Touil, Amira; Peczalski, Roman; Timoumi, Souad; Zagrouba, Fethi

    2013-01-01

    The effect of hygrothermal conditions (air temperature and relative humidity) on the dehydration of theophylline monohydrate was investigated. Firstly, the equilibrium states of theophylline were investigated. The data from gravimetric analysis at constant temperature and humidity were reported as desorption isotherms. The PXRD analysis was used to identify the different polymorphic forms of theophylline: the monohydrate, the metastable anhydrate, and the stable anhydrate. Solid-solid phase diagrams for two processing times were proposed. Secondly, the dehydration kinetics were studied. The water content evolutions with time were recorded at several temperatures from 20°C to 80°C and several relative humidities from 4% to 50%. Different mathematical models were used to fit the experimental data. The spatially averaged solution of 2D Fickian transient diffusion equation best represented the water mass loss versus time experimental relationship. The dehydration rate constant was found to increase exponentially with air temperature and to decrease exponentially with air relative humidity. PMID:26556000

  12. Influence of Air Temperature and Humidity on Dehydration Equilibria and Kinetics of Theophylline.

    PubMed

    Touil, Amira; Peczalski, Roman; Timoumi, Souad; Zagrouba, Fethi

    2013-01-01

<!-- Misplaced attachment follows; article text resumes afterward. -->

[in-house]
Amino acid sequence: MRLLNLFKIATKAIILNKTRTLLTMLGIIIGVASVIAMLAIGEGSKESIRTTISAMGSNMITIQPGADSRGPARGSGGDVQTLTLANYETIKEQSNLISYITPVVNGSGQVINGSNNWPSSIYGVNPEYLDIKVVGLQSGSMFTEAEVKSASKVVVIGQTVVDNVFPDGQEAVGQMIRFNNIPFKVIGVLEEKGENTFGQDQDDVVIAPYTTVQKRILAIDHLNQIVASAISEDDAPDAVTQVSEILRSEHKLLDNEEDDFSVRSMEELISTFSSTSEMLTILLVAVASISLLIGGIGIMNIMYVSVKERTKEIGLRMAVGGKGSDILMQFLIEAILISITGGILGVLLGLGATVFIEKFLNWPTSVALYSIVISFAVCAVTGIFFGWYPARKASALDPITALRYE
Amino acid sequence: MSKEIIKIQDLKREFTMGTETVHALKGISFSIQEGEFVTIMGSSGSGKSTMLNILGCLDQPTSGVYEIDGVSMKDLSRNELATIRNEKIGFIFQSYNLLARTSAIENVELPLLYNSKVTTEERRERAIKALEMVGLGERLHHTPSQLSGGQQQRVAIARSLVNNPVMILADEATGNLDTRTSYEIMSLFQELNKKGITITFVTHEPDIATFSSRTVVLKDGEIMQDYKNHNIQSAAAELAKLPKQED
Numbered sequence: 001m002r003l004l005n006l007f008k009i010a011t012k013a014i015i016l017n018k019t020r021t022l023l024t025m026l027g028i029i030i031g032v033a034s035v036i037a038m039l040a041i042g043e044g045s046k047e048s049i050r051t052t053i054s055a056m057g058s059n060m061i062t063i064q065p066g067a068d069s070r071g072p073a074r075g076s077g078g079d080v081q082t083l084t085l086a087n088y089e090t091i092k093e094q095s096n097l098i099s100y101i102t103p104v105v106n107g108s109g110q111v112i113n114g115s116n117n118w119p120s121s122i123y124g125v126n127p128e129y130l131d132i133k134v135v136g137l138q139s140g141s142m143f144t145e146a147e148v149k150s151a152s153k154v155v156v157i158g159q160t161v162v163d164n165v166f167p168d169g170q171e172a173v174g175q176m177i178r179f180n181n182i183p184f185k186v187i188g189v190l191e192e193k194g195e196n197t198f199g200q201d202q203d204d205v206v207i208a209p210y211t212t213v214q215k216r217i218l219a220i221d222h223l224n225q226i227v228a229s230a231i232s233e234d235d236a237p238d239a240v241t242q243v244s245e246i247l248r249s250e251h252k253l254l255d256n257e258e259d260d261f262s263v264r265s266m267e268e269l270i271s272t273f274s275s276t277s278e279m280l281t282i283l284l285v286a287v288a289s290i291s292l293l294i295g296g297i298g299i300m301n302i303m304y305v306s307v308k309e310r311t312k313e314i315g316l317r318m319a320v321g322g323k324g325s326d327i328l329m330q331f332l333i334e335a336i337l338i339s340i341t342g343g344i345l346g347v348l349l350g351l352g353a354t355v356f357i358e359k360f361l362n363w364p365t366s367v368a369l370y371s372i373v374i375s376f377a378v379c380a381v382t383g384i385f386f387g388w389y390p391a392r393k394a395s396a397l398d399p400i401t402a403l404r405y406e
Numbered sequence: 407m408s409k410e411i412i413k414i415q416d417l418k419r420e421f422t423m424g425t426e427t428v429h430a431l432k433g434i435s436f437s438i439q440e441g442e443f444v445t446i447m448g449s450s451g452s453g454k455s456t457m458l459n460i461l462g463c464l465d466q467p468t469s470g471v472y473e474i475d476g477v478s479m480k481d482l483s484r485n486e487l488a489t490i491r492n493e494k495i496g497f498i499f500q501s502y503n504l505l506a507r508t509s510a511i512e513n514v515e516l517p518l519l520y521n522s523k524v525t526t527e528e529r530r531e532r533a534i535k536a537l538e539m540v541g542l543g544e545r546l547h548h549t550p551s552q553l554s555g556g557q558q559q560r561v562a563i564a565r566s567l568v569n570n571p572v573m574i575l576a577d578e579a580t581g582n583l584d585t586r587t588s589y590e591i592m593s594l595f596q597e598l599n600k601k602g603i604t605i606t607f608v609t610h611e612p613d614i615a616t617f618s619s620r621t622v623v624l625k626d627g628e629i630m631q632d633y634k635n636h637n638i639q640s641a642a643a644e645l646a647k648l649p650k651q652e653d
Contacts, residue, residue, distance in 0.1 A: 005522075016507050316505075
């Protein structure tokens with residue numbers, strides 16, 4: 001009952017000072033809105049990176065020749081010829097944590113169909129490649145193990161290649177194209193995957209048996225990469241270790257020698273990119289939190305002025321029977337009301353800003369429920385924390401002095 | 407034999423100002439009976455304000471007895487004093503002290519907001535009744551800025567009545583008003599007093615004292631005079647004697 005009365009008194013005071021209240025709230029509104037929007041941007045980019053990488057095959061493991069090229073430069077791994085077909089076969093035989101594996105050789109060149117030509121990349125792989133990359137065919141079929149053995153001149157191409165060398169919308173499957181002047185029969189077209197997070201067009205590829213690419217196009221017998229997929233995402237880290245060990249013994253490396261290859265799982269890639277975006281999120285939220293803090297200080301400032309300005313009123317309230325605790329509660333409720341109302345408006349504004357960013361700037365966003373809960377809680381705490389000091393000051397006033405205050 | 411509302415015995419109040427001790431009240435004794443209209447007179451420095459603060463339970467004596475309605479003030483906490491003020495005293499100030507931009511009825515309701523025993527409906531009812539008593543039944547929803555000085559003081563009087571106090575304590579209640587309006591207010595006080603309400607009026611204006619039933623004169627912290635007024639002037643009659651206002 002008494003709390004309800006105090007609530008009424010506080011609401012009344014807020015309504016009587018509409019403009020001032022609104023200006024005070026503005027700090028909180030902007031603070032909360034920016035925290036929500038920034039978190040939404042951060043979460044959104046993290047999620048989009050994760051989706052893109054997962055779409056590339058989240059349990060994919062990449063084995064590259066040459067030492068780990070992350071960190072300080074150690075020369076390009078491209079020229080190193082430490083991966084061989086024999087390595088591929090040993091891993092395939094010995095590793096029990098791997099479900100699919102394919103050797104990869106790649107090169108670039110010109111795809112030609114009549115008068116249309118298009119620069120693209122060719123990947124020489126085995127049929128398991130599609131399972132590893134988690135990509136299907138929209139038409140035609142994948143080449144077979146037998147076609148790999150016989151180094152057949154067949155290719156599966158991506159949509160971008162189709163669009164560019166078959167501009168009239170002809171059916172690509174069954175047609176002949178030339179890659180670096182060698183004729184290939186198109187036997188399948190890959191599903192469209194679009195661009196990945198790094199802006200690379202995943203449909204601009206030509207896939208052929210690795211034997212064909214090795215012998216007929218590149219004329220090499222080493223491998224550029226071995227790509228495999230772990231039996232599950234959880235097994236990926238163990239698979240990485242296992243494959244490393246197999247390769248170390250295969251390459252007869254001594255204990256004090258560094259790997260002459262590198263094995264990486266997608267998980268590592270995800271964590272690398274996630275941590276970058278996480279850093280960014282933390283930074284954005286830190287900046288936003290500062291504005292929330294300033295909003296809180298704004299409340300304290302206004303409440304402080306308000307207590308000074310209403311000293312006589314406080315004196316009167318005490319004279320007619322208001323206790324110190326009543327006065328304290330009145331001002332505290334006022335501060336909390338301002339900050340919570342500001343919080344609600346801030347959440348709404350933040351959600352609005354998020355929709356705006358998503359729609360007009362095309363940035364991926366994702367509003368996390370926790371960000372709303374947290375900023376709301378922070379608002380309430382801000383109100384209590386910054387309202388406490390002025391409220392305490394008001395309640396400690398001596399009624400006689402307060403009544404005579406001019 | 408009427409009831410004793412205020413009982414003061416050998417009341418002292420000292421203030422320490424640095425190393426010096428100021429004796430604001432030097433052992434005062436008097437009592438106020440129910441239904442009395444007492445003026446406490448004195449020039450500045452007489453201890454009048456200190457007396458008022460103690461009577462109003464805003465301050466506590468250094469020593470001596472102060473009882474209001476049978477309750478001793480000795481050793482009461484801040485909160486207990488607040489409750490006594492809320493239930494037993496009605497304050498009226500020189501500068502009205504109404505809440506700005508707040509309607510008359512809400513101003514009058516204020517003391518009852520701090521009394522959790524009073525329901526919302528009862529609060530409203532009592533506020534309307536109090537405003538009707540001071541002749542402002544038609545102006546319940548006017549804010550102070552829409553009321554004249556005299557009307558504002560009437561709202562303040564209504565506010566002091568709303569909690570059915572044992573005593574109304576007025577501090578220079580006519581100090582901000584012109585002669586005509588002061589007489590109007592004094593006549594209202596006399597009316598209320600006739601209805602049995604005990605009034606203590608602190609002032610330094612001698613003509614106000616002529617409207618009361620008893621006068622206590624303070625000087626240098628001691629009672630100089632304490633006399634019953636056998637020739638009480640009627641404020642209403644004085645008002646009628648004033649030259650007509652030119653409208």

The effect of hygrothermal conditions (air temperature and relative humidity) on the dehydration of theophylline monohydrate was investigated. Firstly, the equilibrium states of theophylline were investigated. The data from gravimetric analysis at constant temperature and humidity were reported as desorption isotherms. The PXRD analysis was used to identify the different polymorphic forms of theophylline: the monohydrate, the metastable anhydrate, and the stable anhydrate. Solid-solid phase diagrams for two processing times were proposed. Secondly, the dehydration kinetics were studied. The water content evolutions with time were recorded at several temperatures from 20°C to 80°C and several relative humidities from 4% to 50%. Different mathematical models were used to fit the experimental data. The spatially averaged solution of 2D Fickian transient diffusion equation best represented the water mass loss versus time experimental relationship. The dehydration rate constant was found to increase exponentially with air temperature and to decrease exponentially with air relative humidity. PMID:26556000